The right not to be pushed around by government
Last year, Ontario’s College of Physicians and Surgeons came close to implementing a policy that would have made it “unethical” for doctors to decline, as a matter of conscience, to perform controversial medical procedures on otherwise healthy patients. If adopted, the policy would have compelled doctors who consider abortion the taking of innocent life to provide such a “service” themselves or risk losing their license to practice medicine in Ontario.
Fortunately, after an outcry from the public prompted some sober second thought, the College stepped back from the policy, allowing doctors to continue exercising their conscience in the performance of their duties. In doing so, however, it also warned doctors that they could still be subject to prosecution by other quasi-judicial bodies such as Ontario’s human rights tribunals.
This is just one of many reasons why I believe that Ontario’s human rights tribunals need to be drastically reformed, if not abolished altogether.
Even without out-of-control human rights tribunals, though, there is still plenty of opportunity for government to suppress dissent or prevent citizens from acting according to their own conscience. The temptation for regulatory bodies and activist liberal judges to impose their personal views on society may be too great for them to resist, even in the absence of human rights tribunals.
This is just plain wrong, and elected lawmakers have a duty to address the problem. That’s why, as leader of Ontario’s PC party, I intend to push for legislation that will explicitly establish and protect the right of all Ontarians to refuse to act in a manner that they consider to be morally objectionable, and as premier of Ontario I will introduce such a law.
Defending freedom of conscience through concrete legislative action is no mere abstract exercise. Sincere principled dissent is not just something to be tolerated in a free and democratic society; it’s the very wellspring from which our democratic traditions flow. Without such principled dissent, it should be remembered, our society might never have rid itself of the scourge of slavery; women might still be denied the right to vote and Jews might still be barred from entering Canada, as they were for a time under the federal Liberal party’s policy of “none is too many.”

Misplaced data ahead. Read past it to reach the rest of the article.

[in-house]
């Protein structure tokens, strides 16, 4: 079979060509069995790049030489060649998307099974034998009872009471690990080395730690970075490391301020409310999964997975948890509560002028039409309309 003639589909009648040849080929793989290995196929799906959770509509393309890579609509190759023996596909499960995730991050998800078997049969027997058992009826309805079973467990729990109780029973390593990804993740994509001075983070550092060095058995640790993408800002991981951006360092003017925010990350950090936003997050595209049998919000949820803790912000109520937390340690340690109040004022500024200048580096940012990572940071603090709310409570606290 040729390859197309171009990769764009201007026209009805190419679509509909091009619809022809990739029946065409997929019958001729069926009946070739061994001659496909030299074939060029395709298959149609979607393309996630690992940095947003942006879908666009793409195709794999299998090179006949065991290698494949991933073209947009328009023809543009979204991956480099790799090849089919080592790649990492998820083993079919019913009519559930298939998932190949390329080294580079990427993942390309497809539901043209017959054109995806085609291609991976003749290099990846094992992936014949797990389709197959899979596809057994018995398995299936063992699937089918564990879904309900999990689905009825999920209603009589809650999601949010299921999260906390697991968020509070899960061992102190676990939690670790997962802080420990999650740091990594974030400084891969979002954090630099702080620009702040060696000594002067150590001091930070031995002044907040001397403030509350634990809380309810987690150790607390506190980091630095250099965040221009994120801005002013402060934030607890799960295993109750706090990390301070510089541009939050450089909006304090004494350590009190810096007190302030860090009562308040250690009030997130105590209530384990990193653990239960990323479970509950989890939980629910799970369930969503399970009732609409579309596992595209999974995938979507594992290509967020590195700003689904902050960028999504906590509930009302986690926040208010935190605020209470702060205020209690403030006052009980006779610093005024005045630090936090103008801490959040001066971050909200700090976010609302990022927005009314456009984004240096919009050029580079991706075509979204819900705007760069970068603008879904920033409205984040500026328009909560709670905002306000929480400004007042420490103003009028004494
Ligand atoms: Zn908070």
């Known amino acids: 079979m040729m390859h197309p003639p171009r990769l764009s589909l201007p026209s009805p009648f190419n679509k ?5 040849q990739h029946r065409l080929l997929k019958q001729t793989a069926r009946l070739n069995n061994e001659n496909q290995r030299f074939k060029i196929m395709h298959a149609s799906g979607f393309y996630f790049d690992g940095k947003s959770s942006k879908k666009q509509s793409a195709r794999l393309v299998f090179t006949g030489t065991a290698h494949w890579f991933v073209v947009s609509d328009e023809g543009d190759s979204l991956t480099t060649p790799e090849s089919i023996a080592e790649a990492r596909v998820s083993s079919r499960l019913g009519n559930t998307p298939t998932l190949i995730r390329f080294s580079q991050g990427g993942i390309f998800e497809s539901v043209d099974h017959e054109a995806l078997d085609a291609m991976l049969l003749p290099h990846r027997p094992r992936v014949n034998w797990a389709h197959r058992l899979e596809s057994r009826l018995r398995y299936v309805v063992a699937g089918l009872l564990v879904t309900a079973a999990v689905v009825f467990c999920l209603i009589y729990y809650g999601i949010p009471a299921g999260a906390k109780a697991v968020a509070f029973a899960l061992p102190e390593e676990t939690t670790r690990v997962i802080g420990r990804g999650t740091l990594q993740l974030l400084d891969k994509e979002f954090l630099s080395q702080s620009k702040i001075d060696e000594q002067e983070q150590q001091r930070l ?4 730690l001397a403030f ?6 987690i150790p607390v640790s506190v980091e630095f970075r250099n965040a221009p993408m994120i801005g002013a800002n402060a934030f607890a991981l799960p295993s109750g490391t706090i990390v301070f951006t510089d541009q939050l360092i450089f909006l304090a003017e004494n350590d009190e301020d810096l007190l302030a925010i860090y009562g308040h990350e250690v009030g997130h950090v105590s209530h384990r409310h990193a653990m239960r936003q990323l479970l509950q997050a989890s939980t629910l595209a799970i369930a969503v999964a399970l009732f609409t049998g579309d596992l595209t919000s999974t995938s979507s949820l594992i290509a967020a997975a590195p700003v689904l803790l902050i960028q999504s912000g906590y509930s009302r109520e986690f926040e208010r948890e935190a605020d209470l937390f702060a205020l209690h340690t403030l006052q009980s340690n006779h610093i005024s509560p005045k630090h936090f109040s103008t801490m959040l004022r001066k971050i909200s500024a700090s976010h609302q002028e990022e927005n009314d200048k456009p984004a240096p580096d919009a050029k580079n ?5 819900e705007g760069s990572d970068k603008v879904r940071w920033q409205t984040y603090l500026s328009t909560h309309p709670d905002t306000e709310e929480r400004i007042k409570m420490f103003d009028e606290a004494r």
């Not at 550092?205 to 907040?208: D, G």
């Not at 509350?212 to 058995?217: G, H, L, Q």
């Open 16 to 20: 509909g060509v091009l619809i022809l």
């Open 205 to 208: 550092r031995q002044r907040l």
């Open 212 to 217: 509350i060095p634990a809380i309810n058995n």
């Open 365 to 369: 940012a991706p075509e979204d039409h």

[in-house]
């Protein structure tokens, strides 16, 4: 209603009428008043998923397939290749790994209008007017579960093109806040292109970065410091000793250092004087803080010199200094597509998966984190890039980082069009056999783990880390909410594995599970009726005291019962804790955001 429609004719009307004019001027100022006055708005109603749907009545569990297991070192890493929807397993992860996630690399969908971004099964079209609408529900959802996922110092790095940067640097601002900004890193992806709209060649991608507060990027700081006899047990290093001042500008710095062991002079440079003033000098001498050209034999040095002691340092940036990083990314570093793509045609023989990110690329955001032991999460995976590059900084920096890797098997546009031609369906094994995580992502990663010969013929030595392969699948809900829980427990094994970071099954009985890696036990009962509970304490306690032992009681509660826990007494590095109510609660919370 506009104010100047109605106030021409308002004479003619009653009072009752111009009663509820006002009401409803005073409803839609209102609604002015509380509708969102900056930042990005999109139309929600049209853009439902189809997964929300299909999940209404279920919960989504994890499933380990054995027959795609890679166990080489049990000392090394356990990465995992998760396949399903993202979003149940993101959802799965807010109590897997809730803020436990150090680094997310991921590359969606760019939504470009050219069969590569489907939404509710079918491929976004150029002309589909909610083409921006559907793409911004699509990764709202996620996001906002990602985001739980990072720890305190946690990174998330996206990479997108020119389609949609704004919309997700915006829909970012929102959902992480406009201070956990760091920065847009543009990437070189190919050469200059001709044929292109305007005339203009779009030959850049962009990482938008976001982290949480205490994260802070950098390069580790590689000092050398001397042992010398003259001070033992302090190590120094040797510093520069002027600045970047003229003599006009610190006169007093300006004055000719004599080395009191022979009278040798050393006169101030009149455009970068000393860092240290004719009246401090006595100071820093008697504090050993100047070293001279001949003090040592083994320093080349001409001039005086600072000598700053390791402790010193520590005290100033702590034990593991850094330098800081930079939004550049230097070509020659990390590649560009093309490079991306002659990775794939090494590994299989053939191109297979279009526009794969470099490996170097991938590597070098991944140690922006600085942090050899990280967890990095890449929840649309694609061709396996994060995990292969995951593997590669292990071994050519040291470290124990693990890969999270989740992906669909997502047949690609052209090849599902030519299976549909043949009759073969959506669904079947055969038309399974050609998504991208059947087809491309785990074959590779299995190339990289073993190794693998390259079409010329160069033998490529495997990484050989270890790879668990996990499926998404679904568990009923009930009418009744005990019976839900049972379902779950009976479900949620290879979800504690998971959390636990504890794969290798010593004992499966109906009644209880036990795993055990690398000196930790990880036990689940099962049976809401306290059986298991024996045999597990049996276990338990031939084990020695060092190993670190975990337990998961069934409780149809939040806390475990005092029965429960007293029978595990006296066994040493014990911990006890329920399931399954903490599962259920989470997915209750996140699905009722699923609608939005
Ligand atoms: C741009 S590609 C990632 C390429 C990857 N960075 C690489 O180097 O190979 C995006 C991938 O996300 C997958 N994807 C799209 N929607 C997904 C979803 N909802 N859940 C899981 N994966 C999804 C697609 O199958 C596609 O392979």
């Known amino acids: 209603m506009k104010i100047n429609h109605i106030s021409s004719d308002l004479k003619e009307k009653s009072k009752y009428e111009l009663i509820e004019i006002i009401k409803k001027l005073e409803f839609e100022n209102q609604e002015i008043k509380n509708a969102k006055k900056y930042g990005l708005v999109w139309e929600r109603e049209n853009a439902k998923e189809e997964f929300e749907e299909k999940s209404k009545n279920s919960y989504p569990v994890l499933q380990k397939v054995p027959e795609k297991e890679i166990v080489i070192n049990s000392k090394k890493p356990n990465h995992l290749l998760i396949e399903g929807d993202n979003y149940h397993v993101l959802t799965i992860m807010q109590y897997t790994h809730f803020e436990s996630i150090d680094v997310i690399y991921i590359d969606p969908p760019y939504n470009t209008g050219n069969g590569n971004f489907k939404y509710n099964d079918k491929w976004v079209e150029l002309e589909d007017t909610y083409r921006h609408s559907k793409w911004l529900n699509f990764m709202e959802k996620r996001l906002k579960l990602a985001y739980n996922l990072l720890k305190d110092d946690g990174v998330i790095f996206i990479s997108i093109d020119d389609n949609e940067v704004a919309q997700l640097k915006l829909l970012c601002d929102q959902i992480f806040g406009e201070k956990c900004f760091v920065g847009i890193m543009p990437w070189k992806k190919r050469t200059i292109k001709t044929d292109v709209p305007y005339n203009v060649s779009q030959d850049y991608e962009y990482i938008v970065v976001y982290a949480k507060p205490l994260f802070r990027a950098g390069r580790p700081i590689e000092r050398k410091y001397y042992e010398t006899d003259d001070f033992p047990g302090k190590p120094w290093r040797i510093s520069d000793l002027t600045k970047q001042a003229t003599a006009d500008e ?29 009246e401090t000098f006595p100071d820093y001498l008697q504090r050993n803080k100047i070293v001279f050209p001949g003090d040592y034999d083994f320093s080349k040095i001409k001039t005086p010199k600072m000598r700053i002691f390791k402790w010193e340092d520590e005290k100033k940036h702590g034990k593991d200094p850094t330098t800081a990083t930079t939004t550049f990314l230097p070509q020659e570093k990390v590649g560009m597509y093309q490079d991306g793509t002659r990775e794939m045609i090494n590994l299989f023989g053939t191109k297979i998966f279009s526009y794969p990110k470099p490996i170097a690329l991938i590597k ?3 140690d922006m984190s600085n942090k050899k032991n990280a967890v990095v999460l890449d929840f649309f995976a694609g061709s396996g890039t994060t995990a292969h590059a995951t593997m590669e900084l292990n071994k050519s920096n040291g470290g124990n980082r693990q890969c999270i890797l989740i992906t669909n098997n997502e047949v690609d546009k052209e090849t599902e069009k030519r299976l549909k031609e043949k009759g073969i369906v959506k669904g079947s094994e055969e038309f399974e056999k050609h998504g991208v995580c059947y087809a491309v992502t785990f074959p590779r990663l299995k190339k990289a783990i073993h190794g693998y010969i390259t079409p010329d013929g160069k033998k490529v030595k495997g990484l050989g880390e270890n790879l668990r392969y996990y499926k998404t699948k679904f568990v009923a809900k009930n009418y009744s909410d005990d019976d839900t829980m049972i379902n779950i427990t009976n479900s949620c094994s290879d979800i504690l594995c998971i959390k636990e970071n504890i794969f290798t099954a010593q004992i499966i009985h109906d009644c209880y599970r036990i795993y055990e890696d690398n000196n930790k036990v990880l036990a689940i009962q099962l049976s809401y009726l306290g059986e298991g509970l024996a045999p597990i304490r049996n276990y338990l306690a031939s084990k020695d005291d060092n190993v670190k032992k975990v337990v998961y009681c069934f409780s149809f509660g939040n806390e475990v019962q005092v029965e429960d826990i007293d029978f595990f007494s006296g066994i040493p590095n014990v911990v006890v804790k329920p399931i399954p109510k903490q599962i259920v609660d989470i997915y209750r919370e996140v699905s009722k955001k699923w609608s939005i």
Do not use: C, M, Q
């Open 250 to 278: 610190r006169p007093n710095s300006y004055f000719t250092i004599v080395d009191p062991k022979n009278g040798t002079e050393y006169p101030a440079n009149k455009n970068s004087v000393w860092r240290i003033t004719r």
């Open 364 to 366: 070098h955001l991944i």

Democracy is possible only when freedom of speech, association and conscience are protected and private property is respected. A state that can force doctors to violate their conscience, or that can force private business owners to endorse and promote same-sex relationships in violation of their religious beliefs, is a state that can seize private property on a whim with little or no due process. It’s also a state that can shut down independent schools and outlaw home-schooling entirely as is now the case in Germany, prosecuting parents who choose not to send their children to government run schools where liberal indoctrination is more important than teaching basic reading and writing skills.
In short, a society that suppresses principled dissent is one that turns its back on genuine democratic principles, even if it holds regular elections.
This is why I am running for the leadership of Ontario’s PC party — because I believe that the people of Ontario deserve a clear choice between a Liberal party that is liberal in name only, and a principled Conservative party that understands the connection between its principles and real liberal democracy; a Conservative party that is courageous enough to stand by and defend those principles in the public square, and that is prepared to deliver a legislative and policy agenda that reflects those principles once elected.
Explicitly protecting freedom of conscience is an important part of this agenda.
Some people call this radical — I just call it common sense.
Randy Hillier is the Ontario MPP from Lanark-Frontenac-Lennox-Addington and a candidate for the Progressive Conservative Party of Ontario leadership race.